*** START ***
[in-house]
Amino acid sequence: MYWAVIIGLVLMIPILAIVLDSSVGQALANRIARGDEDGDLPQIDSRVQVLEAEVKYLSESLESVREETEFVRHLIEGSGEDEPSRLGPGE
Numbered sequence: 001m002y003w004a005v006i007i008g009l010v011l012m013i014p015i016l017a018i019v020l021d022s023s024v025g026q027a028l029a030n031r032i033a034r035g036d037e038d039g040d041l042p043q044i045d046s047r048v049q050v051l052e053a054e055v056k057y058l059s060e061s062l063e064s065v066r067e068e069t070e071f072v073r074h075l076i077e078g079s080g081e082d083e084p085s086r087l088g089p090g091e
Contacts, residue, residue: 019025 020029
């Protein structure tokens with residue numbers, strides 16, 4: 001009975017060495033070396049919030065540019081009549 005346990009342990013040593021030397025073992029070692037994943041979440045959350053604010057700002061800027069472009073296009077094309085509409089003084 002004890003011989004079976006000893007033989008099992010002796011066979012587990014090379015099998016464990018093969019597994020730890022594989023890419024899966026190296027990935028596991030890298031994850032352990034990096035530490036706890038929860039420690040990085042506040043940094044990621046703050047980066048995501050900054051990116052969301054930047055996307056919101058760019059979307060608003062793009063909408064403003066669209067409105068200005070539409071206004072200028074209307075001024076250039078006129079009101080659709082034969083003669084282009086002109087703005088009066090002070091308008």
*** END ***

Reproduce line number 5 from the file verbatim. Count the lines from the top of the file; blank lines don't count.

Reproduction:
């Protein structure tokens with residue numbers, strides 16, 4: 001009975017060495033070396049919030065540019081009549 005346990009342990013040593021030397025073992029070692037994943041979440045959350053604010057700002061800027069472009073296009077094309085509409089003084 002004890003011989004079976006000893007033989008099992010002796011066979012587990014090379015099998016464990018093969019597994020730890022594989023890419024899966026190296027990935028596991030890298031994850032352990034990096035530490036706890038929860039420690040990085042506040043940094044990621046703050047980066048995501050900054051990116052969301054930047055996307056919101058760019059979307060608003062793009063909408064403003066669209067409105068200005070539409071206004072200028074209307075001024076250039078006129079009101080659709082034969083003669084282009086002109087703005088009066090002070091308008």